Yes, I know, cats are inherently evil, (Angie sent me this link as proof: http://www.catswhothrowupgrass.com/kill.php) so short of smothering sleeping infants there’s hardly anything a cat can do that would surprise anyone. Maybe that’s why they try so hard.
Our cats, specifically the three males (someone from the Greek chorus shouts “Why do you have three male cats to begin with?”) vent their anger, frustration or sheer meanness by what is euphemistically termed “spraying”. But you know what that really means, which is why, anytime you see a cat back up to draperies, furniture or the clothes you left laying on the floor, you go all Rambo and heave the closest heavy object in reach directly at said cat’s noggin.
Or you purchase large quantities of scat mats, which has been a chosen approach since neither of us has a decent aim.
According to the product description, a scat mat produces “startling, unpleasant static” and “memorable deterrence”, which, having mistakenly stepped on them numerous times in bare feet, I can attest to as being an accurate statement. Cats being cats, you can even buy “faux” scat mats, which look like the real ones but minus the battery apparatus, they cost a bit less. Don’t bother with these, because, cats being cats, they quickly figure out the ruse (Greek chorus in unison: “You expected less?”) and will spray defiantly on the bogus mat, leaving fragrant pools of cat urine for the man of the house to clean up.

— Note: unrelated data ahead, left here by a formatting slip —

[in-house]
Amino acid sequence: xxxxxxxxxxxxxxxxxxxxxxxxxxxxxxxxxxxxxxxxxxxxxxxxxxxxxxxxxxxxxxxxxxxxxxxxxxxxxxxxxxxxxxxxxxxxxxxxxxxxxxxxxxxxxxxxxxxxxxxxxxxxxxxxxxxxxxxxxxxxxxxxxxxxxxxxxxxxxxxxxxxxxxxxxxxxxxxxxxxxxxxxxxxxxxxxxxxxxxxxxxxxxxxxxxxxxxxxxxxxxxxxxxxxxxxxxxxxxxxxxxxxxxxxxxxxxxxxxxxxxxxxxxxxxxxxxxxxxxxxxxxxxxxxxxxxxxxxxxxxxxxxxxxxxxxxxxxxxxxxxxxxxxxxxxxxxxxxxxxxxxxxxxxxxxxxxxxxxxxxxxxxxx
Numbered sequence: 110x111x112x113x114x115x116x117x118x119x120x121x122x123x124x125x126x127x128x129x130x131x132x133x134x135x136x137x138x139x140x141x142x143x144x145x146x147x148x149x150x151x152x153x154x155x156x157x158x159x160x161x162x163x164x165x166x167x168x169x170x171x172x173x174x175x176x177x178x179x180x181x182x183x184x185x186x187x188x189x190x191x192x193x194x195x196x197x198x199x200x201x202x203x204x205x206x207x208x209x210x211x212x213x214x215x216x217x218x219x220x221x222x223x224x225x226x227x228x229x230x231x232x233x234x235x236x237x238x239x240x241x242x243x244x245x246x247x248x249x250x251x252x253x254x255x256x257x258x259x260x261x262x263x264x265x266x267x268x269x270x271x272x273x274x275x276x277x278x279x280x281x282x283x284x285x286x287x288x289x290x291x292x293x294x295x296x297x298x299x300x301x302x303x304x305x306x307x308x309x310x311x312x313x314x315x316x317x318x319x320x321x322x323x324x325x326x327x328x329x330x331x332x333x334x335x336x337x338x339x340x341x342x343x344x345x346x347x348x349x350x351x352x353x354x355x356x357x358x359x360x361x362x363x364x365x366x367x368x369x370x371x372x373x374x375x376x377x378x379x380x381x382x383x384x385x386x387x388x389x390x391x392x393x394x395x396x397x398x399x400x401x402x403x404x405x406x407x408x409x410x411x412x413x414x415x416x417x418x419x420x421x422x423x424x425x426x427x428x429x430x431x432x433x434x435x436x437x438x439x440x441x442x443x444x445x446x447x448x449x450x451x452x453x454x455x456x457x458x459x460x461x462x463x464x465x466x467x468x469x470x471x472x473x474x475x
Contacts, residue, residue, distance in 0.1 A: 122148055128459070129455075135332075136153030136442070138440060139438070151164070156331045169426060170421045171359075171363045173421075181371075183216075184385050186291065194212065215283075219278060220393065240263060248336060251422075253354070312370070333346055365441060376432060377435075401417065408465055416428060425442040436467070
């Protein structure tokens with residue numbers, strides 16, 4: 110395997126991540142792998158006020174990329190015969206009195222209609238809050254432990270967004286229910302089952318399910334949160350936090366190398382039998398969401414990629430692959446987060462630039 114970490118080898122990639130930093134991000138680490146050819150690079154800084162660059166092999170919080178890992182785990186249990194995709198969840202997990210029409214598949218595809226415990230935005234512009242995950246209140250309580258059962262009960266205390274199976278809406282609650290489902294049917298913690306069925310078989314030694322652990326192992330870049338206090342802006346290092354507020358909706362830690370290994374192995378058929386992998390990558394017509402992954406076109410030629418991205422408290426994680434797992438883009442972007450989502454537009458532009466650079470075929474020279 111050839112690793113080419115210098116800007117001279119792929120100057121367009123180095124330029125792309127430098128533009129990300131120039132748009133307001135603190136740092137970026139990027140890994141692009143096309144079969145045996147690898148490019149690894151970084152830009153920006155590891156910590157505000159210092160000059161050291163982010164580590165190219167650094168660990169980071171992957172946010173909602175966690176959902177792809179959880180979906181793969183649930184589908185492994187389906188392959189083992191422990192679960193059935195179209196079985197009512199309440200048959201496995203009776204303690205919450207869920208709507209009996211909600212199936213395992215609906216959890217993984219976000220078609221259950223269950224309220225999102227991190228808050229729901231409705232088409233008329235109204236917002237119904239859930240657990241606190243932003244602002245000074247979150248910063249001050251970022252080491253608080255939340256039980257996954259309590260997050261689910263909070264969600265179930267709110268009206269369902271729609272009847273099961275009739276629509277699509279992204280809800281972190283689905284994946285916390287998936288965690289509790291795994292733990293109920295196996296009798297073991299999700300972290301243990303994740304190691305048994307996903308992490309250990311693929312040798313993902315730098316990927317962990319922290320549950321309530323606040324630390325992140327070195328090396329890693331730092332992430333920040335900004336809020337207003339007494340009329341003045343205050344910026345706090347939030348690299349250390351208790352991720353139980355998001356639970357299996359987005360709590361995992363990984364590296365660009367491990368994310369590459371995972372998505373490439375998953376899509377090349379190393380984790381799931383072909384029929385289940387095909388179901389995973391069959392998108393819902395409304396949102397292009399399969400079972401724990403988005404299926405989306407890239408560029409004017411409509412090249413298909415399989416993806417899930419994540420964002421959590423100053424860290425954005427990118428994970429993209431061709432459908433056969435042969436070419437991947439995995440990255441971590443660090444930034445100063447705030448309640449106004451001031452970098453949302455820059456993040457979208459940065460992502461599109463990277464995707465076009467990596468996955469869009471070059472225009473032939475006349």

Did I mention that cats are evil?
It wasn’t always thus. Harmony reigned until Dodger showed up. Maybe the other cats don’t like the color orange?
Whatever the reason, soonafter Dodger’s debut, the problems began. And persisted. Being the new kid on the block, Dodger was blamed and the CE laid down the law: “If he pees, he leaves”.
Here are the things you do when you have a cat that sprays:
1. Spend a fortune ordering “cat attract” litter and a black light (http://tallyville.com/litterboxhelp.html) that helps you identify where the cat is spraying so you can remove as much of the offending stain and odor as possible to deter the cat from returning to “his” spot.
2. Take your cat to the vet and spend another small fortune running tests to determine if he has a urinary problem
3. Skip steps one and two because (at least in our experience) they were a waste of time and money, and ask the vet for a Prozac prescription (for the cat, not yourself), as it has inexplicably been known to curb spraying behavior in cats. (Here is a good web site on the subject: http://tallyville.com/litterboxhelp.html)
Then, be patient. It takes awhile. Months. But amazingly, Dodger now greets me every morning and obediently jumps up on the counter so I can jam his Prozac pill down his throat.
This has worked so well with Dodger that as of this week, Dizzy and Cody have their own Prozac prescriptions. I’m choosing to ignore the Greek Chorus comments about just how dysfunctional my life must be if my cats are on anti-depressants and I am not. Perhaps it should be the other way around, but hey, I get the occasional jolt of electro-shock therapy from the scat mats, which keeps me sane enough to not bring home any new kittens…